Good and evil do battle again in this folksy follow-up to an Essence magazine bestseller.
The Southern-based Gospel United Church is in trouble again. The African-American church has thrived since its introduction in Church Folk (2001), but as it has spread across the United States and Africa, corruption has followed. The good Reverend Theophilus Simmons now heads up a congregation in St. Louis, where in addition to his own crew of colorful sinners, he must also plan for an upcoming conference. That conference should allow the righteous folk the chance to rein in some errant bishops. But Simmons and company may not be prepared to deal with thieving church officials who want to peddle an African Viagra-like, watermelon-based medicine stateside, using the international church as cover. Bowen (Up at the College, 2009, etc.) never leaves her readers in doubt that the godly will triumph and order will be restored, but she could have had more fun along the way. Although she lays on the colloquial language, making even her educated characters sound like stereotypes, she falls flat when it comes to description. Good is explained simply as being obedient and really meaning it, with more than one church-going character described as lax: “even though she technically qualified for salvation, she never went farther than getting saved.” Evil is much more fun, consisting of sex and drugs and corruption. But even that is anemically depicted, with tired sexual clichés for when the watermelon drug, used to boast energy and prowess, wears off, leaving men feeling “like a plop of poop.” Since these salacious scenes are probably the real draw, couched as they are in avowedly moral storytelling, the slathering on of adjectives might work for those who limit themselves to strictly Christian fiction. However, that appeal is limited.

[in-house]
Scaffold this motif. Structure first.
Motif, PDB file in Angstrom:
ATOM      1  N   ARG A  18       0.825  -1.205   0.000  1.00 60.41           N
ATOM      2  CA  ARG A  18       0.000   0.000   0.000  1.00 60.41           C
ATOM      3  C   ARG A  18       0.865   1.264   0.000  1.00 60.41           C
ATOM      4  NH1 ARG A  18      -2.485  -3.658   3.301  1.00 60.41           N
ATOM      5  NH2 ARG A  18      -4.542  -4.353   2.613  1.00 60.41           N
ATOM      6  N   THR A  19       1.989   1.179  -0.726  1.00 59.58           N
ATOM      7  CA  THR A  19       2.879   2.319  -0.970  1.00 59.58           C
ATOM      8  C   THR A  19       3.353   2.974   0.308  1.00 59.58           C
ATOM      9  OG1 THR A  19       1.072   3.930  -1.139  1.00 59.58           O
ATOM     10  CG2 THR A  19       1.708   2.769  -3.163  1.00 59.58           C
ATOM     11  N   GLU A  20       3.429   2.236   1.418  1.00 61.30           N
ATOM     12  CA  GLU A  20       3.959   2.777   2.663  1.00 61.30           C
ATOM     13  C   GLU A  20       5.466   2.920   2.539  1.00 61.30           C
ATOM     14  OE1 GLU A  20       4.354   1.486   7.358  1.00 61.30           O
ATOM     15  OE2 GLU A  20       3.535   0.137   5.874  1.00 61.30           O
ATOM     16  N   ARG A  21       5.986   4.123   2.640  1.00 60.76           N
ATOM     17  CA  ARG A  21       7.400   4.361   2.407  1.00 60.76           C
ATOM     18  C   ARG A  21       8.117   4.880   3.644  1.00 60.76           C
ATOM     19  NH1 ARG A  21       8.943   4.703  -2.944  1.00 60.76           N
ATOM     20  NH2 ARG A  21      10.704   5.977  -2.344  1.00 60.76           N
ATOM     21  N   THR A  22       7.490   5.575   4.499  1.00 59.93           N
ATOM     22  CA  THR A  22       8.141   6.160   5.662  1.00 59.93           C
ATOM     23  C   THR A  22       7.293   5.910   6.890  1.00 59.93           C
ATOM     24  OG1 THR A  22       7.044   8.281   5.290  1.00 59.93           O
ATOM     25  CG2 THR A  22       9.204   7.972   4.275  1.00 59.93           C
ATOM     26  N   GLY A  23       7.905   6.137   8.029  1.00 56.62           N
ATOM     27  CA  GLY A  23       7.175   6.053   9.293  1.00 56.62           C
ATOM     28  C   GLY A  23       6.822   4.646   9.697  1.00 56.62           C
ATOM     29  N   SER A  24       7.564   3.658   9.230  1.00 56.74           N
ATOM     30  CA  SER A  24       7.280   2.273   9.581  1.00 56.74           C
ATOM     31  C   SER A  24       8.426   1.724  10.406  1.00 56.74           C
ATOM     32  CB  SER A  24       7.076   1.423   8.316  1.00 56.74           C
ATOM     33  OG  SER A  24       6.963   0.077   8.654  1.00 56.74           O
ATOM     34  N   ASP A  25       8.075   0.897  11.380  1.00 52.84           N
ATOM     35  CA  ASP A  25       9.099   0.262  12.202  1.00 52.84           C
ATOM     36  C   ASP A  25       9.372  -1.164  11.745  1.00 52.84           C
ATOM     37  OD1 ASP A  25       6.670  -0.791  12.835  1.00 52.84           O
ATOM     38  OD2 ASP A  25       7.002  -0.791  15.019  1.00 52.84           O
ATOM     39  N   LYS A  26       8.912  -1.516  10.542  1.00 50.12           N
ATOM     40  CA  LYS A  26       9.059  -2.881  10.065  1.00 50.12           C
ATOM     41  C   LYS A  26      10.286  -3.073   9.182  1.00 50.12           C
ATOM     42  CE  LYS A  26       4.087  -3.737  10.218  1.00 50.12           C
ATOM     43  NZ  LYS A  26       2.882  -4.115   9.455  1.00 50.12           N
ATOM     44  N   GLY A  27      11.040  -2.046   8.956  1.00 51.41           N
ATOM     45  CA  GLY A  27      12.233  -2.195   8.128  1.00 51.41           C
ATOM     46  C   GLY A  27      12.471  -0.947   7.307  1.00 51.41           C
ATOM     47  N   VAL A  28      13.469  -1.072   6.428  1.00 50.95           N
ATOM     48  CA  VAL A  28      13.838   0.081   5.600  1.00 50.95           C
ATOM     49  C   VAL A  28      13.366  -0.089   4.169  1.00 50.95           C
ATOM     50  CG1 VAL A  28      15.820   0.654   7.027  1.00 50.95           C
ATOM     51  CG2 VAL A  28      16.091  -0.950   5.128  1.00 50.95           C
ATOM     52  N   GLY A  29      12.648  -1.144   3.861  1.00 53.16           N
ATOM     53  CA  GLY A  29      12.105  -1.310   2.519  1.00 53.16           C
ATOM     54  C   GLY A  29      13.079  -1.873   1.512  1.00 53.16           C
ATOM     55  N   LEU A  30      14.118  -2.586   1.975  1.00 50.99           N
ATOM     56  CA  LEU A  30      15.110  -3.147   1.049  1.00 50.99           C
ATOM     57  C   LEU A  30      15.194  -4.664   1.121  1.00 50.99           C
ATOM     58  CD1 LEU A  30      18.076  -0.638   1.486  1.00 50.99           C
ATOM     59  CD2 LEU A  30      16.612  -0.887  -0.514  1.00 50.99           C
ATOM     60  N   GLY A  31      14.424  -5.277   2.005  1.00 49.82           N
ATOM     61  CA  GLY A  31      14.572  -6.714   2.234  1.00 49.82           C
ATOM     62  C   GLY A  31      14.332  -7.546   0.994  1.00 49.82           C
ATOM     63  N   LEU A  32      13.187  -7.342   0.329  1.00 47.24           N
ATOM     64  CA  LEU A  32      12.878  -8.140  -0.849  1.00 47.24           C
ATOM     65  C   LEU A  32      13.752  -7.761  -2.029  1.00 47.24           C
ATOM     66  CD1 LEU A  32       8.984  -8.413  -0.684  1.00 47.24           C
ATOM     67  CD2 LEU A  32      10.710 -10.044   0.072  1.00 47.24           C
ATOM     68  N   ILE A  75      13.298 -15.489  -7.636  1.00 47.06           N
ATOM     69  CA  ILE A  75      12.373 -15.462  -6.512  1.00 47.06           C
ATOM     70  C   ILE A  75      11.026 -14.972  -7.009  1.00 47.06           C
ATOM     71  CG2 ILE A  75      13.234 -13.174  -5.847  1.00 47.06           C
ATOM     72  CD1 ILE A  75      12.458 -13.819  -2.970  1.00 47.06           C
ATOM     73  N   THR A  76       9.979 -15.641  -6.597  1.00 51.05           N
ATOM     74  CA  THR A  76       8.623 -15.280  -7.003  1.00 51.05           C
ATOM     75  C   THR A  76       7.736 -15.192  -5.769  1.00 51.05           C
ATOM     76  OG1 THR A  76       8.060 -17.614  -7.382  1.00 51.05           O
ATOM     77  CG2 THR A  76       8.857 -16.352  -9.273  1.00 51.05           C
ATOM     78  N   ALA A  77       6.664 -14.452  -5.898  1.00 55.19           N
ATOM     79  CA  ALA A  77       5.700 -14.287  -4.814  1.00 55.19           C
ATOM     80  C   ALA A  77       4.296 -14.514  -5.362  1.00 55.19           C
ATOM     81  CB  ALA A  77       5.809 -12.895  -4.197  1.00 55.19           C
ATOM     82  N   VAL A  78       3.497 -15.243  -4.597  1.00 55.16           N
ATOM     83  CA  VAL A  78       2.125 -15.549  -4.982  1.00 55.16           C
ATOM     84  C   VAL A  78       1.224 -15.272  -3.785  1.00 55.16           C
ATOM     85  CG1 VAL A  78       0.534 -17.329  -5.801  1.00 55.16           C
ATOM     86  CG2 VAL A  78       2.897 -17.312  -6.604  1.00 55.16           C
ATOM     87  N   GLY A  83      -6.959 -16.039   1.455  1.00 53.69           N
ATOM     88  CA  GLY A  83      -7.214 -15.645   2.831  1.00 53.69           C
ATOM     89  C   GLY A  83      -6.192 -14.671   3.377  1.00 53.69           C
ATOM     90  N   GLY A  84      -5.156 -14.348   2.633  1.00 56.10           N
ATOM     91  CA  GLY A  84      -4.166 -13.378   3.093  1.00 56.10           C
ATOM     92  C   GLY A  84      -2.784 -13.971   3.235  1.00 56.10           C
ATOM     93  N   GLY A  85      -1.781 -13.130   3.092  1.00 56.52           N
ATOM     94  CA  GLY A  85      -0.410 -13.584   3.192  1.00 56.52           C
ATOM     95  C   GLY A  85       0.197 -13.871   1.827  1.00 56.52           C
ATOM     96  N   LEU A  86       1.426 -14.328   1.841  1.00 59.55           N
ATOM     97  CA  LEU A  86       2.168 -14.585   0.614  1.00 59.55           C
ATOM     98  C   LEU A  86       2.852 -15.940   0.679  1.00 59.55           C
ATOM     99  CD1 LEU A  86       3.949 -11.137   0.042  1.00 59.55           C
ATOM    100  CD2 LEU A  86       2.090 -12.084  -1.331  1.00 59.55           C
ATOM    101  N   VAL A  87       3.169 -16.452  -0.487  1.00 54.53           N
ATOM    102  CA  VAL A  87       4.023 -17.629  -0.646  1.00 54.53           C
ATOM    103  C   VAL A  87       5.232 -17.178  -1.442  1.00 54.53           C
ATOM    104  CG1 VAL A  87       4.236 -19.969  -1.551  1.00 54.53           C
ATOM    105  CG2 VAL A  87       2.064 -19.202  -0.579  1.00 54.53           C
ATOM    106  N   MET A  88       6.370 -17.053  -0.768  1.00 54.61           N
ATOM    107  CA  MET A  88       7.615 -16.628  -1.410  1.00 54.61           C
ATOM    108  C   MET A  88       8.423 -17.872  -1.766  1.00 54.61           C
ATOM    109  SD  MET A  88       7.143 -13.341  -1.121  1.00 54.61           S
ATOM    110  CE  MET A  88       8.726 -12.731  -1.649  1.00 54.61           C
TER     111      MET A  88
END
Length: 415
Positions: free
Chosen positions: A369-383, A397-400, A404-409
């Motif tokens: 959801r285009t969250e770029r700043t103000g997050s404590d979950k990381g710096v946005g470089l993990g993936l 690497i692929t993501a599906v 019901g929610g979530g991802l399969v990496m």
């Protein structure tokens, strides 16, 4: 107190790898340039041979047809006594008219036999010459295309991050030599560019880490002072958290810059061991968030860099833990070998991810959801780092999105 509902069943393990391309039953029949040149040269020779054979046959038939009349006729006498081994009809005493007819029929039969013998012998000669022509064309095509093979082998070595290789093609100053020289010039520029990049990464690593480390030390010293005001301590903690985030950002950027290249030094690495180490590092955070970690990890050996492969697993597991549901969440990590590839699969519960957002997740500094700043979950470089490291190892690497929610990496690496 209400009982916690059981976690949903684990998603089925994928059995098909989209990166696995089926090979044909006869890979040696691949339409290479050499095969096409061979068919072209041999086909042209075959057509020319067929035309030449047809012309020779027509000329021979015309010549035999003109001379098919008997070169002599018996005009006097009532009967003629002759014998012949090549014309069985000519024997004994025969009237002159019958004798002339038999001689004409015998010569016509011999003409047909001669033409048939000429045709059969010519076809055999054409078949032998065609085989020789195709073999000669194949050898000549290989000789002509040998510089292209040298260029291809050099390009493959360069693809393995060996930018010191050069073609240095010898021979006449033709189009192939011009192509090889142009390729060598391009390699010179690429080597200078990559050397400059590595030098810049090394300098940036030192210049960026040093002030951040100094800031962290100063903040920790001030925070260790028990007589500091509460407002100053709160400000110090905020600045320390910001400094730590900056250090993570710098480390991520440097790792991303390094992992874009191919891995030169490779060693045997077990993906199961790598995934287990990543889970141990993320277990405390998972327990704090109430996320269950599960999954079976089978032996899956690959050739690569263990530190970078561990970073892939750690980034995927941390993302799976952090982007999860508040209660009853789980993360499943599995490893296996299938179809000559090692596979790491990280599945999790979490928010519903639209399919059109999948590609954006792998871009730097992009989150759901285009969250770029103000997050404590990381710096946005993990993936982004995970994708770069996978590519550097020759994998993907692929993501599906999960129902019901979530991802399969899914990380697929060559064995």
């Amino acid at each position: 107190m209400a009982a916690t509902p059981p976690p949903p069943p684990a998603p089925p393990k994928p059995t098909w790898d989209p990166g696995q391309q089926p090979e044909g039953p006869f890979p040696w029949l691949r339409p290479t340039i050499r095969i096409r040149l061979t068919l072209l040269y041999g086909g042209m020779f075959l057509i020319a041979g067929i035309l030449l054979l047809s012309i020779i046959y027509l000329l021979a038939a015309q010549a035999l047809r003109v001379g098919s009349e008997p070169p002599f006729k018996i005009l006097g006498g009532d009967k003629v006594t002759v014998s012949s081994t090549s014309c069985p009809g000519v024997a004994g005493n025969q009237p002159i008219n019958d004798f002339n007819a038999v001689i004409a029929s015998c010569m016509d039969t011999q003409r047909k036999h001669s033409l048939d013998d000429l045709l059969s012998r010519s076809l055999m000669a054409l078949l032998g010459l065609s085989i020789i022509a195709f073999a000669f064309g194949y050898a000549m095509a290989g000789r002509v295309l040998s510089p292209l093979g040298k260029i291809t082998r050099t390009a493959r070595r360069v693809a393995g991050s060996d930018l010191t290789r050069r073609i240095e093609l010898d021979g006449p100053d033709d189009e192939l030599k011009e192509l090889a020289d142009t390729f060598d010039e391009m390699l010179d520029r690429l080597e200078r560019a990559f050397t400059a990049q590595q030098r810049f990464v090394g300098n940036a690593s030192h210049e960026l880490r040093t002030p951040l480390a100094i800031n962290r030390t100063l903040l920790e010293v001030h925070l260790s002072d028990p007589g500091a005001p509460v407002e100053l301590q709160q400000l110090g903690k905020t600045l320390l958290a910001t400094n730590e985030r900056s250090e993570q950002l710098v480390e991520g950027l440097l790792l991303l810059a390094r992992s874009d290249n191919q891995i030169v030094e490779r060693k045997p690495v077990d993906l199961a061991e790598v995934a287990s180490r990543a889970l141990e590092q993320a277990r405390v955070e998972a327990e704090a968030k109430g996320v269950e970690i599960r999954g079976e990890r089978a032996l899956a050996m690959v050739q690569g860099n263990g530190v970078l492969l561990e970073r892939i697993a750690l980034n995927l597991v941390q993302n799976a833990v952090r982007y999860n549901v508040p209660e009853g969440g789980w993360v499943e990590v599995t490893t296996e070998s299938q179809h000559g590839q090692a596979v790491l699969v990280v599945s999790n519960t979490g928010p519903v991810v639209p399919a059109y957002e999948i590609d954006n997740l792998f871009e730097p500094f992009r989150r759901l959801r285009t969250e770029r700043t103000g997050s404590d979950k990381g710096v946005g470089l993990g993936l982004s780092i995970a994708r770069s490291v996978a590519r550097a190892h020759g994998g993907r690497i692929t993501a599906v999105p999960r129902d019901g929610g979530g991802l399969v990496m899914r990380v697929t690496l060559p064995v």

Figure in the loss of the hometown camaraderie that made the first Memphis-based book a success, and it's hard to see how this simplistic morality tale will sell.